A Jack Russell Terrier dog wrapped in a blanket warms itself near the heater radiator.

Non-Electric Indoor Heaters

What are some safe options for heating your home when the power goes out?

One of the questions I ask my clients during the In-Home Readiness Assessment, is whether or not they have a non-electric heat source in case the electricity goes out following a natural disaster. Most do not, which isn’t surprising.

Then, the conversation usually turns to discussion of portable heaters and if they are safe for indoor use.

The good news is, there that are several types of space heaters that can safely be used inside your home, provided you pay close attention  to monitoring carbon monoxide levels while you are using them.

I also ask my clients if they having working carbon monoxide detectors in their home (most do), so that addresses the potential problem from the get-go.

My house is totally powered by electricity, so I bought a propane heater several years ago, along with a couple dozen, sixteen-ounce disposable cylinders. I haven’t had any power outages since then, so I haven’t had to use it indoors, but I did use it in 2020. That was during the worst of the Covid outbreak; it helped keep my guests  warm when we huddled under my carport for a holiday get-together. (We were still practicing social distancing at the time.)

The heater I chose, Mr. Heater Big Buddy turned out to be pretty simple to use, but I’m glad I had the chance to practice before I actually needed it. If you buy a new heater for emergency use, I highly recommend you give it a practice run. Times of crisis are not a good time to try learning something new.

In addition to propane heaters, you can also buy indoor space heaters that run on natural gas, and kerosene. I have not tried these myself, so I can’t recommend them, I am simply providing you with a starting point for your own research.

Take care to make sure any unit you buy is rated for indoor/outdoor use, as most are only tailored for outdoor use. Again, the potential for carbon monoxide poisoning is the big concern. Carbon monoxide is odorless, so the effects sneak up on you.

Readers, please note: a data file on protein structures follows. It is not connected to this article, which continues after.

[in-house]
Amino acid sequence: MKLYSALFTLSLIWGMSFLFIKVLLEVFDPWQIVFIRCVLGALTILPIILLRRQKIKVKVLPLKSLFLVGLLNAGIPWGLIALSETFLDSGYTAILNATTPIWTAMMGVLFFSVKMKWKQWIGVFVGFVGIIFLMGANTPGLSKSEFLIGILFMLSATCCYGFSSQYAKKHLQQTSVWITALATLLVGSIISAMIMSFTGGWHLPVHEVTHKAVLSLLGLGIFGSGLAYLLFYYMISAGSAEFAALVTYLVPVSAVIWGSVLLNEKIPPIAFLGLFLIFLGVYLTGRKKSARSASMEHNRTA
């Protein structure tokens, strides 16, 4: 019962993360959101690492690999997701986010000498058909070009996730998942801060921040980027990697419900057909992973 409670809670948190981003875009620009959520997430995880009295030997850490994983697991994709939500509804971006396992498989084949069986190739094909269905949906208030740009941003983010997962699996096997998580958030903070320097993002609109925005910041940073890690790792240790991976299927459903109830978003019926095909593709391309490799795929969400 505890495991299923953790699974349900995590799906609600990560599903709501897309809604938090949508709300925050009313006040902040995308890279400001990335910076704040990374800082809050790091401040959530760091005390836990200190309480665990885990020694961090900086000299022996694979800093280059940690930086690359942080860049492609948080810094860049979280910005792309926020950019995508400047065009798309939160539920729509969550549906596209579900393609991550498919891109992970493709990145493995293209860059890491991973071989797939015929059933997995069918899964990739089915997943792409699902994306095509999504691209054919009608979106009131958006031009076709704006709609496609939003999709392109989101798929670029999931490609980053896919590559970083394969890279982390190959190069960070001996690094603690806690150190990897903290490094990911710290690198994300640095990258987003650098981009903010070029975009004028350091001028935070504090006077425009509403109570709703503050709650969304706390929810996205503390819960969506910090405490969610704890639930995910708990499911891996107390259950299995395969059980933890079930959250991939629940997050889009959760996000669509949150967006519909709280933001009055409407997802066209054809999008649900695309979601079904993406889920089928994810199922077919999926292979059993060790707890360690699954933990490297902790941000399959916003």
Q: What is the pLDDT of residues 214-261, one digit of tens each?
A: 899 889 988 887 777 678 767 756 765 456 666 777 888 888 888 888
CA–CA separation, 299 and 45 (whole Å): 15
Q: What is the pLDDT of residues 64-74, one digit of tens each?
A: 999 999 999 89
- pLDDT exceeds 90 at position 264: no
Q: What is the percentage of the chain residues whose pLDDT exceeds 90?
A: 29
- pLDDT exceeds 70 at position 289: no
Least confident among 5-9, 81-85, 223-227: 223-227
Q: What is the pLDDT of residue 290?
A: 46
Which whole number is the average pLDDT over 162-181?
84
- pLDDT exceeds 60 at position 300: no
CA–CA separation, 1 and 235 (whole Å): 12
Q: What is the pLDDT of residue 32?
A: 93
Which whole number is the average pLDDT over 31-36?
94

NEVER leave any space heater on when you are sleeping, even if it says it’s safe for indoor use, and no matter what the manufacturer says. Actually, manufacturers of space heaters will usually issue the same warning, because they don’t want to risk being sued for wrongful death! That’s how real the danger is.

The (further) good news is that all these units are fairly inexpensive. The three I have linked to here sell for between $130-$200. Of course, you can spend much more, and none of these is going to heat your whole home, but they should at least keep you from freezing to death.

Another interesting note about heating sources during a blackout. If you have a gas fireplace, it may or may not provide heat without using electricity. DO NOT, however, try to heat your home using your gas oven. The previous caution regarding potential carbon monoxide poisoning applies. There’s a reason why some people try to commit suicide by sticking their head in an oven.

If money is not your main concern, you may want to consider investing in a home generator that WILL heat your entire home during a blackout. Rather than link to a specific company, this YouTube link by Ask This Old House, gives information about how to choose a system. (Full disclosure, I din’t actually watch the whole video. Hopefully, the title of the video is truly indicative of its contents.)

Below are links to information I got from ChatGPT before writing this post (also linked in the article). As you will see, I did not directly use any of the text in my own post; what fun would that be?

ChatGPT transcript regarding non-electric heaters. https://chat.openai.com/share/d32930c5-8ef2-4354-8251-2d20801b8654

ChatGPT transcript regarding home generators. https://chat.openai.com/share/1406922b-dceb-4e94-8616-48ebcc2dbbd0

ChatGPT transcript regarding the need for electricity with gas fireplaces. https://chat.openai.com/share/9cbd47d5-289b-4997-9bb4-8e3b11636b1f

I hope this gets you thinking, and planning, about how you will keep yourself and your family safe and warm during the next blackout. I welcome your thoughts and comments.